Kurniawan’s combination of realism and absurdity was enough to capture my heart and mind, but I found the novel’s structure intriguing as well. It tells basically the whole story in the first chapter, minus some key details. It’s a story of bad fathers, disillusioned wives, and disobedient children, of pregnancy and murder and circuses and swords. The first chapter is a marvel of both scene-setting and action. And then the rest of the novel is back story, filling in the details of why Anwar Sadat died and why Margio killed him. I wasn’t expecting this. In a more traditionally-written narrative, the story might have ended with the murder, or moved on from the murder to explore its consequences. Instead, the bulk of the novel is filling in the gaps in the first chapter, and the marvel is that this gap-filling is so compelling.

But then there is Oreo, originally published in 1974 and reissued in 2015. Oreo has charts, lists, mathematical formulas, a several-page menu, and a quiz to test one’s knowledge of Jesus’ qualities as a manual laborer. It has this unbelievable opening sentence:

When Frieda Schwartz heard from her Shmuel that he was (a) marrying a black girl, the blood soughed and staggered in all her conduits as she pictured the chiaroscuro of the white-satin chuppa and the shvartze’s skin; when he told her that he was (b) dropping out of school and would therefore never become a certified public accountant – Riboyne Shel O’lem! – she let out a great geschrei and dropped dead of a racist/my-son-the-bum coronary.

And so you can see that the racism on display is equal-opportunity, here is Oreo’s second sentence:

When James Clark heard from the sweet lips of Helen (Honeychile) Clark that she was going to wed a Jew-boy and would soon be Helen (Honeychile) Schwartz, he managed to croak one anti-Semitic “Goldberg!” before he turned to stone, as it were, in his straight-backed chair, his body a rigid half swastika, discounting, of course, head, hands, and feet.

Included in the novel but not here is the three-lined half swastika that illustrates the shape James Clark’s body has taken.

The concerns of Oreo are (clearly!) not with realistic characters or setting; in fact, Ross tells us upfront that “there is no weather per se in this book.” She does not want to describe people “taking off and putting on overcoats.” Instead her concerns are with social satire, humor, and voice. It’s a viciously witty novel about race, and despite its age, it fits well with other 2015 books that brilliantly use humor, sharp or gentle, to discuss America’s racial pathologies (see especially Paul Beatty’s The Sellout and Mat Johnson’s Loving Day). Ross’s contribution to this flourishing sub-genre is a playful one, and one that works hard to turn novelistic conventions upside down.

The book is not without plot, though. In fact, without stretching the point too far, one might say that in some ways it’s a conventional story about warring families, unsuccessful marriages, and unhappy children. Crucially, it is also a retelling of the classical story of Theseus, who goes on a quest to find his father and must overcome obstacles and prove his abilities along the way. Oreo is a wonderful modern-day Theseus, young and inexperienced, but confident and ready to both follow in the footsteps of the white, male journeyers who precede her and, when the time comes, to forge her own path. The classical underpinnings of Oreo provide a structure that helps contain the novel’s zaniness and that clarifies what must have been one of Ross’s goals: to write her way into the canon and turn it upside down at the same time.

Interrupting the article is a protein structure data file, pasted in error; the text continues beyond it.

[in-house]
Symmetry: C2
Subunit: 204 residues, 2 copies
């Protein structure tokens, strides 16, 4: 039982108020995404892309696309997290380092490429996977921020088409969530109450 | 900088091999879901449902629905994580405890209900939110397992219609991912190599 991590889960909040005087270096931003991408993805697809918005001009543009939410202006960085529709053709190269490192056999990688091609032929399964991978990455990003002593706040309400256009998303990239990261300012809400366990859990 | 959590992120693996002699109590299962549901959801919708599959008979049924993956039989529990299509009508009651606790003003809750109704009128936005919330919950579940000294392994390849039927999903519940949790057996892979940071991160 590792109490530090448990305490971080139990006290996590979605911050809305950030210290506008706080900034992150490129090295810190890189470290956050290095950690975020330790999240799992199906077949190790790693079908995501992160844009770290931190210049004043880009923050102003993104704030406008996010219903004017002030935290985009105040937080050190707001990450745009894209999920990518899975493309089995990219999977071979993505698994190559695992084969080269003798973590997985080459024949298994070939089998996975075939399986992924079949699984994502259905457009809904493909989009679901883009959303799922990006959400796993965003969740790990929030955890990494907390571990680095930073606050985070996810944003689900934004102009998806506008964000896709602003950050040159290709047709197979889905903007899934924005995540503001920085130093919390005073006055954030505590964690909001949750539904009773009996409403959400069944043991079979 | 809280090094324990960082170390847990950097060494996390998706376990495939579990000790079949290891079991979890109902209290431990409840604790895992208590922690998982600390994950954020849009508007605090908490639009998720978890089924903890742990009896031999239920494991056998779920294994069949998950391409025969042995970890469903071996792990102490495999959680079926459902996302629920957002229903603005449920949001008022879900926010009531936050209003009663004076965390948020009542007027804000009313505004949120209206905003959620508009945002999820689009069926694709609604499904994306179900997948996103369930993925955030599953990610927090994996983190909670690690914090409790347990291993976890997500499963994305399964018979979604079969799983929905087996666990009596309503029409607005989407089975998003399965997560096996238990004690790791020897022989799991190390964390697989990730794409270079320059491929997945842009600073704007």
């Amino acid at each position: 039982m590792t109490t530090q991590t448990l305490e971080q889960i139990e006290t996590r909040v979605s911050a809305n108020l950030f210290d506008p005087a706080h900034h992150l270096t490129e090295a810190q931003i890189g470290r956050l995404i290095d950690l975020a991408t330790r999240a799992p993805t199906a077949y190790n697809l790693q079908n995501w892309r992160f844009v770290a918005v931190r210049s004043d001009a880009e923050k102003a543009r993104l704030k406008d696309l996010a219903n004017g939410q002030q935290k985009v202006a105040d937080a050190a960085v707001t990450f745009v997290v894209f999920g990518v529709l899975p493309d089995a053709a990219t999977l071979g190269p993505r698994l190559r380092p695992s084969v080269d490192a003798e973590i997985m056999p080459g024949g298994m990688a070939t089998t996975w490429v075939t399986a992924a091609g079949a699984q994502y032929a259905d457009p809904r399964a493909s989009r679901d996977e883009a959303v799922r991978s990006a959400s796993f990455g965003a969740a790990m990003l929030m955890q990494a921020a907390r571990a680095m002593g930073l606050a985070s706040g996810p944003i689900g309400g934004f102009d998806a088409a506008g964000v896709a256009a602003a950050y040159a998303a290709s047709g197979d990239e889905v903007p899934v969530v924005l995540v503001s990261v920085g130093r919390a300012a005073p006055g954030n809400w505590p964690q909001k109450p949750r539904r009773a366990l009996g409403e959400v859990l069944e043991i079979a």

Man Tiger and Oreo are both good novels that deserve a wide readership. They are ambitious and daring. They both have moments that will make your jaw drop (if for very different reasons!). But Oreo is the book that captured my imagination and that made me excited about all the strange and wonderful things fiction can do, so it’s my winner for this round.


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Reading Round-Up, 1/18/2016

This is my last week before the spring semester begins, and since my classes are all set to go already, I’m enjoying not working on school things for a while. But it’s funny, with an almost-three-year-old around, winter break isn’t very much like vacation. Somehow the hours seem as full as ever.

I’m finishing up a review/essay about memoir that inspired me to investigate nontraditional, experimental memoirs and to order a few, which arrived today. They include The Suicide Index by Joan Wickersham, Holy Land: A Suburban Memoir by D.J. Waldie, and Encyclopedia of an Ordinary Life by Amy Krouse Rosenthal. This last one I started today and am 50 pages into. It’s fun, certainly not experimental in the heavy, ponderous sense experimental books sometimes can be (or we expect them to be this way sometimes, at any rate). It’s basically a series of very short essays — sometimes only a line or two — about topics coming from her life, arranged in alphabetical order. It’s playful and is making me laugh.

I’m interested in a whole range of experimental nonfiction, especially of the personal sort, serious and not, so if anyone has any recommendations, please let me know.